We’re at a time when all genres blend together and bleed into one another. This record is a perfect example of that: there’s music that could be jazz-influenced chamber music, there’s music that sounds freely improvised, there’s music that sounds like jazz, but also sounds like it was completely written in advance (and rehearsed a lot). The music itself ranges from quite pleasant chamber music to lively, intricate, windy jazz fusion type stuff (albeit with very different instrumentation than is usual for jazz fusion), to pretty free stuff. It’s a great combination of stuff, showing off the versatility of the Read More
So this is about as conventional, straight-head Metheny-esque jazz fusion as I could possibly imagine. And that’s just a little surprising given the presence of both Metheny and Frisell, who one would assume would push each other. Johnson does not in any way stand out to my ears as a composer, and the band, which should be awesome, never makes me sit back in wonder. I also feel like I have heard this way too much on Toronto’s jazz radio station Jazz 91, which plays jazz. Jazz! And I feel this way even though I’m quite sure I’ve never heard Read More
I think there is a real tendency to look at a few of the moments on this disc – when Frisell really lets loose in the ways he can – and decide that this is some kind of return to form – for those people who do not enjoy his Americana obsession. My problem isn’t with his playing – though occasionally he does play it too straight – it’s more with the music surrounding his playing. I’m all for artists taking risks and this is a real curve ball given the kind of music he had mostly been making over Read More
1991, 1995, Jazz, Klezmer Jazz, Live Music, Music, Post Free, Post Fusion, and Roots Jazz.
I think this live album embodies everything I think post-modern (or post-Hendrix) guitar playing should be: Frisell is all over the place within the same songs, throwing out all sorts of different techniques, tones, effects, styles totally arbitrarily. But he is just such a good player, and the band is so locked in behind him that it doesn’t matter that he does what he wants. This is what I want to hear: a talented guitarist doing whatever he wants, seemingly on whim. And when he returns to the song, the band play as if the song – rather than Frisell Read More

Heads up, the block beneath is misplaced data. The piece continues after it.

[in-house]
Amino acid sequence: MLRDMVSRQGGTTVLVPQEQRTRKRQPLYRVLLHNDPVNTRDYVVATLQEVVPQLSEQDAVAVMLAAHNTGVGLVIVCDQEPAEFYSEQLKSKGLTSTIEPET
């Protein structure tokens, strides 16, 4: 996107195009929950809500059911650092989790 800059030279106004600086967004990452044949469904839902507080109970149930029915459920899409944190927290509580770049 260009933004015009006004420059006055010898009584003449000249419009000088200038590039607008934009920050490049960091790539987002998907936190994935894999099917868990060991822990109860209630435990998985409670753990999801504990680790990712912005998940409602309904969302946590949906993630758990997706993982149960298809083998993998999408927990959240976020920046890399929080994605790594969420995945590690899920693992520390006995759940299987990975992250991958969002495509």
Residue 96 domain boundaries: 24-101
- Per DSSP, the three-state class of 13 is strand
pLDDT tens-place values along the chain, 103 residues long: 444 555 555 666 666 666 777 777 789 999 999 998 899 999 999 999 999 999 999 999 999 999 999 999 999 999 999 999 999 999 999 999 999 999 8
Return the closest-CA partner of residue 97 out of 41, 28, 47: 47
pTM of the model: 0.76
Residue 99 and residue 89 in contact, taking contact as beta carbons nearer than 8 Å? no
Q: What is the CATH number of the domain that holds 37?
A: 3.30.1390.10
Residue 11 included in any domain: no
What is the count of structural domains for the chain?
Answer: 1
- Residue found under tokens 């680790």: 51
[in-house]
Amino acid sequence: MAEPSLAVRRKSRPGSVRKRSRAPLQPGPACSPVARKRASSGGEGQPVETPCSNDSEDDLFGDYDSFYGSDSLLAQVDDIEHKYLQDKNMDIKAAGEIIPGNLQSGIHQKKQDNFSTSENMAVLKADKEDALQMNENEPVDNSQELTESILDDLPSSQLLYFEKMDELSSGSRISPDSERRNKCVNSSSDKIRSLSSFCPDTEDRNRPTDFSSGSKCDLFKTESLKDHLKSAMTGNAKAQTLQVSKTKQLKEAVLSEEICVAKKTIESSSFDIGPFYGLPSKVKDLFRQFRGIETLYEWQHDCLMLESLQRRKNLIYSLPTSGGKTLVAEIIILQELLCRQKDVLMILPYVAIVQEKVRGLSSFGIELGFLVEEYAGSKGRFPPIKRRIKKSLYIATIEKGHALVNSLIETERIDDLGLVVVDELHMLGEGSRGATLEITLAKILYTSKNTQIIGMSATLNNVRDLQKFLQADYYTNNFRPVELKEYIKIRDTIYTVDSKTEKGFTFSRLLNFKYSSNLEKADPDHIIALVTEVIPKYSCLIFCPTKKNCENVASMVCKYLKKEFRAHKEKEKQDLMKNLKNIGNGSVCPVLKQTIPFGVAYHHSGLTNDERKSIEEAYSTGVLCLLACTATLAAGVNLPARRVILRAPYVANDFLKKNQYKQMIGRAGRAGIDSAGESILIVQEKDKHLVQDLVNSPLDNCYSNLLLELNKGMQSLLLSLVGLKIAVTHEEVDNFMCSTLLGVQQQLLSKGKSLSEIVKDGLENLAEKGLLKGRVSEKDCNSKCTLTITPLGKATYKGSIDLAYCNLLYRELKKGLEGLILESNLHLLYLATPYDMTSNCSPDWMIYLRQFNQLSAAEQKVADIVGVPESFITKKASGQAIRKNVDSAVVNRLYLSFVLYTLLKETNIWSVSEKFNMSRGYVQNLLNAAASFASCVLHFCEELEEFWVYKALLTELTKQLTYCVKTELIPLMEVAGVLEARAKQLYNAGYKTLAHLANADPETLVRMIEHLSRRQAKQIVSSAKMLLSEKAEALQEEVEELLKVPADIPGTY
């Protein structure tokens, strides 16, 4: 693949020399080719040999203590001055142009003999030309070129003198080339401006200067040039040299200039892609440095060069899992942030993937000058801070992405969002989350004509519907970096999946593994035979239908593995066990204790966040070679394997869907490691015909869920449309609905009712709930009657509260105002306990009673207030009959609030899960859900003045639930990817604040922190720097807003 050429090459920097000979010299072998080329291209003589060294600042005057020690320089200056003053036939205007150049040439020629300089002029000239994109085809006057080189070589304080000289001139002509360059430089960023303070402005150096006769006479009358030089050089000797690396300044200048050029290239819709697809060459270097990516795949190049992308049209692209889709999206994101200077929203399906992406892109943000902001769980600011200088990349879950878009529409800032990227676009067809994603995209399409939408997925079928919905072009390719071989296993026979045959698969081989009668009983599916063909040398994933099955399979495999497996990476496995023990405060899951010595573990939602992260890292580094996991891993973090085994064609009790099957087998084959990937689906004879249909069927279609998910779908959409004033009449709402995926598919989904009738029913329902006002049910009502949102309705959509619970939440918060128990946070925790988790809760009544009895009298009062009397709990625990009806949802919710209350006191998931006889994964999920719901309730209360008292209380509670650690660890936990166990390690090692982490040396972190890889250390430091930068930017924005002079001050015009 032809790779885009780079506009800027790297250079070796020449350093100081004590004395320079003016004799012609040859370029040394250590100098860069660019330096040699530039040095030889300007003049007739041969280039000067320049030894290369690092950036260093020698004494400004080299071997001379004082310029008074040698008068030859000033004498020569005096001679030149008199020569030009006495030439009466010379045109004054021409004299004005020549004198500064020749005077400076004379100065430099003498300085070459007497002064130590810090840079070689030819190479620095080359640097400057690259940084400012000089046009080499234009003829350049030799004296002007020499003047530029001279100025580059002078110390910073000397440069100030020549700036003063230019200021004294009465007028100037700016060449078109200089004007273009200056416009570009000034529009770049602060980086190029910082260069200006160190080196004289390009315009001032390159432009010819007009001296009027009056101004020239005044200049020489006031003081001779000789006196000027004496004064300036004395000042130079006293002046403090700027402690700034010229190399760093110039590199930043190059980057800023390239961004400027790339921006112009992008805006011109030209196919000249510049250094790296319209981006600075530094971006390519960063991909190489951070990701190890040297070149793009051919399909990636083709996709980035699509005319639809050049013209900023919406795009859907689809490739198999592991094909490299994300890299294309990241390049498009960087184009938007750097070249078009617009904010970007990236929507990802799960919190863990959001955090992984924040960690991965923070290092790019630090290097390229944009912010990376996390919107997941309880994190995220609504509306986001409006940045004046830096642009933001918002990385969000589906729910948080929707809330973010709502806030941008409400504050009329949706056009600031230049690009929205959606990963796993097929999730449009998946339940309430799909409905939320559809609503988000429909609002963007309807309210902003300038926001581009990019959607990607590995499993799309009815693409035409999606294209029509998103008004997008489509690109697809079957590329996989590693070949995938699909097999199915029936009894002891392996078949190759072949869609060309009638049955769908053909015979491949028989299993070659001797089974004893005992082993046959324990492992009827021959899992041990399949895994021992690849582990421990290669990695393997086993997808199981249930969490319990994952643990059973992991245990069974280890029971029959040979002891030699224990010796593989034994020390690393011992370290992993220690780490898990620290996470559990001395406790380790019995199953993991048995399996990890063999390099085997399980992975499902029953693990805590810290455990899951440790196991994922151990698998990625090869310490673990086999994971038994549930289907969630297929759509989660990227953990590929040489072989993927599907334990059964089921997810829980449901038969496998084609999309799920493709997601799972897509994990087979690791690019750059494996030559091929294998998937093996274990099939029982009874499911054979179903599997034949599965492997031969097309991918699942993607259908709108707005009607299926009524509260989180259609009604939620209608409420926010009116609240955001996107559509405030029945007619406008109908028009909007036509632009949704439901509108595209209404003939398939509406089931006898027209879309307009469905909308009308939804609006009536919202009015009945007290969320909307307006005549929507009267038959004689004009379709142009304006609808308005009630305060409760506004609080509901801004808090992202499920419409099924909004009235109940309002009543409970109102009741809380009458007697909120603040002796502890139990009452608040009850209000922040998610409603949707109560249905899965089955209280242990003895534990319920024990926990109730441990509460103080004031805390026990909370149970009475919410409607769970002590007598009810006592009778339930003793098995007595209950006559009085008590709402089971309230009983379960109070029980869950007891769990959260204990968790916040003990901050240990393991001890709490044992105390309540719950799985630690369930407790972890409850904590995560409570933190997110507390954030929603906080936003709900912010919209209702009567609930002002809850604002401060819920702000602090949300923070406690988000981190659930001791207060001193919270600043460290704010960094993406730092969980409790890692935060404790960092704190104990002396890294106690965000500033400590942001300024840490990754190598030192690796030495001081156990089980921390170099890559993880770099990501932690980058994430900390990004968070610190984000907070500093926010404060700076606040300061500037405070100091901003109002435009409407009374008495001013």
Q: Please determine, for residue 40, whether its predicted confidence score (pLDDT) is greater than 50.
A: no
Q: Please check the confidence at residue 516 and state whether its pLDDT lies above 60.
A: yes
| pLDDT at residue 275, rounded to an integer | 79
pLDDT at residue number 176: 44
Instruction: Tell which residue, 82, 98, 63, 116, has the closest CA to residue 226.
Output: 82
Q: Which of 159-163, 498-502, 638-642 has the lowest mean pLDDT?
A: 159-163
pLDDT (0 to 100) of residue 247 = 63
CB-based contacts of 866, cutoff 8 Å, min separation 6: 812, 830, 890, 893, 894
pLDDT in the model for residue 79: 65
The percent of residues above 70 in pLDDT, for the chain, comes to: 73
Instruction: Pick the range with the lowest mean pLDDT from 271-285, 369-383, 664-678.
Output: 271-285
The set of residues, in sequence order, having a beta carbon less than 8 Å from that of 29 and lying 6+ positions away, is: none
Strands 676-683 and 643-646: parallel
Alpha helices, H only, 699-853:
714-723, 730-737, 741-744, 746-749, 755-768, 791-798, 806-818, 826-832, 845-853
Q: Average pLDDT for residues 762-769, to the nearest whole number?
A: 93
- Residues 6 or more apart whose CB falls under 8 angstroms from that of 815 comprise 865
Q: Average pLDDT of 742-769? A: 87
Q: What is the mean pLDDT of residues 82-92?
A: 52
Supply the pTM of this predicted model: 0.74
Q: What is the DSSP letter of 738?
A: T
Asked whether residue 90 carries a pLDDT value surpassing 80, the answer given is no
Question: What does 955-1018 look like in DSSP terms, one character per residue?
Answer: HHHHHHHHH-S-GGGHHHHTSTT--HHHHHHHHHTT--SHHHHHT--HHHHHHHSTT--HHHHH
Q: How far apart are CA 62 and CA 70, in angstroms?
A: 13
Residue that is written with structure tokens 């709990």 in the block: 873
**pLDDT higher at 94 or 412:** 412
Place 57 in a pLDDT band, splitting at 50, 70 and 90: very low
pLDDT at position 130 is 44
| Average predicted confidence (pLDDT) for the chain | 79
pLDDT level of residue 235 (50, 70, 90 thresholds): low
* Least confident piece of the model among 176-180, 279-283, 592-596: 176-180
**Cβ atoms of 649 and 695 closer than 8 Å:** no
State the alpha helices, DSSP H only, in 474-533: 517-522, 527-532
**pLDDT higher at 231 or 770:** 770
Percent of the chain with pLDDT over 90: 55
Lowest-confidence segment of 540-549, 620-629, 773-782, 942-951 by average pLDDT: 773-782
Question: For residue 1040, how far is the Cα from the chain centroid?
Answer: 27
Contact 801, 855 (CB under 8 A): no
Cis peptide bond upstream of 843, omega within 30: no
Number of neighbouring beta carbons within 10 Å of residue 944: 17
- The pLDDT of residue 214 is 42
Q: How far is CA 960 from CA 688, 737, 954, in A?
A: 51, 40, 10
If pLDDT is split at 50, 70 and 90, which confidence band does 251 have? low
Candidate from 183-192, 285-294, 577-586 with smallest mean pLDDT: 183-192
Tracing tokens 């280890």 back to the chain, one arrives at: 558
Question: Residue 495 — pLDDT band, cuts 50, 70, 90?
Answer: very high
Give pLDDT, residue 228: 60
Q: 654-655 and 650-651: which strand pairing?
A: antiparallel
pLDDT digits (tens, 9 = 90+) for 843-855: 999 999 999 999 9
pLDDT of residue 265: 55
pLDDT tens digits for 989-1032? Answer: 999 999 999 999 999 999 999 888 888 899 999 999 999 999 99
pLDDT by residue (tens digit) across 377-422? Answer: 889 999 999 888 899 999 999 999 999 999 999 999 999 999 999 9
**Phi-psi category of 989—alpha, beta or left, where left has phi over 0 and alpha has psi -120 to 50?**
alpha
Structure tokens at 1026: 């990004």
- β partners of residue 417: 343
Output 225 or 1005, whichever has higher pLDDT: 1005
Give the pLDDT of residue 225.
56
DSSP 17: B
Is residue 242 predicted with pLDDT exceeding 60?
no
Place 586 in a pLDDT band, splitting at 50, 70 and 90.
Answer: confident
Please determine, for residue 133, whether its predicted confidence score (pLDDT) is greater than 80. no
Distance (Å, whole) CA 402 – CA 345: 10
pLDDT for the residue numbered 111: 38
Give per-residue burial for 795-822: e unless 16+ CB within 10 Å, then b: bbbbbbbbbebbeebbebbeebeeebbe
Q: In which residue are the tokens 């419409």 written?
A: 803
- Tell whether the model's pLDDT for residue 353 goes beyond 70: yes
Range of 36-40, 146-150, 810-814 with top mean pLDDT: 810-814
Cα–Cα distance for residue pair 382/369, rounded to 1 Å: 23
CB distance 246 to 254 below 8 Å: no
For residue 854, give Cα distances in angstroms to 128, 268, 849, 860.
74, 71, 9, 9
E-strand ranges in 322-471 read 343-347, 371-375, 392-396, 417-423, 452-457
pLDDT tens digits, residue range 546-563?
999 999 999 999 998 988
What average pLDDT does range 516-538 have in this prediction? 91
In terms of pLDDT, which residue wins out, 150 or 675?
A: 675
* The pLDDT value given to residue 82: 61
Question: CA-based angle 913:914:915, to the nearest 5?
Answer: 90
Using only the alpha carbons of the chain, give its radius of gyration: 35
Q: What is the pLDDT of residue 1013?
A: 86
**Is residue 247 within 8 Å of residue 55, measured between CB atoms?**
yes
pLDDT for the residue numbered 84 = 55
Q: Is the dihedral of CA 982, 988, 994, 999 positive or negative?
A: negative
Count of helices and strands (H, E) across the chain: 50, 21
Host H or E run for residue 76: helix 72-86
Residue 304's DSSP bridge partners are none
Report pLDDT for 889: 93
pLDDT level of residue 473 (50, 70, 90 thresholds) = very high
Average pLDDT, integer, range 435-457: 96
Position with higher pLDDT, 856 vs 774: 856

I’m not really sure I understand this. It’s not that I’m opposed to the idea of using live tracks as the basis for studio tinkering – I’m not, some of my favourite prog rock was made this way. I just don’t always understand why it’s done. In this case, it feels like the “additional production” was added to give this set a greater unity, that it severely lacks. DeJohnette is clearly a talented guy, and I appreciate the attempt to do everything, but here he and Frisell are trying too much and not succeeding at enough. The studio touches feel Read More
2010, Avant Garde Jazz, Avant Prog, Fusion, Jazz, Jazz Fusion, Music, and Post Fusion.
I can’t help myself and keep wondering about how jazz this is. It’s sort of an odd approach to jazz, as it’s more seemingly about a jam or a vibe than it is about improvisation, at least to my ears. But that doesn’t remove its fascination for me: one of the early tracks could almost be prog – if that was improvised, I am very surprised – and the whole thing seems to exist in this odd space between jazz and rock and some other genres, while clearly sounding like it should be jazz. I guess this is where we’ve Read More
There is a part of me that wants to go a little overboard on the acclaim here, and I think the only thing holding me back is something I always nitpick over: some tracks are performed by the bull band, and some are not. That’s pretty stupid of me, but I can’t help myself. So that aside…This is an incredible instrumental survey – almost an non-narrative or anti-narrative – of numerous genres from the United States and around the world that manages to be blended into one long sometimes-cohesive-sounding musical statement. It’s incredible and I should think it one of Read More
This is a very solid “post-fusion” album, you might say. I say post-fusion because this is mainstream jazz that has been made in the awareness of fusion (and free to some extent, as well) but it is hardly readily identifiable as fusion. Everything here is great: the tunes, the playing, the moods. The one problem is that it isn’t exactly new. 8/10 Read More
This is only the second time I have personally heard turntables incorporated with jazz. The first time was by a Canadian drummer named Jerry Granelli back in 1999 or something. So that clearly beats this by a few years. And they went more deep into the hip hop influence, including spoken word posing as rap. But Douglas’ strength lies in recognizing the traditions he works within and without so this album is significantly more recognizable as jazz than Granelli’s venture into whatever this turntabilist jazz genre is. And that’s both a good thing and a bad thing. It certainly makes Read More
Before I get into it, I will say first off that I like this music. I generally like fusion (the idea that this is “instrumental hip hop” is more than a little hilarious, if this isn’t jazz then I don’t know what it is) that stays away from “cool jazz” cliches, as this does. But (and it’s a big but): I think one of the main reasons I cannot get into hip hop is the hyping / bragging that is a central part of it. I don’t even like that stuff in rock and roll (but I can handle it Read More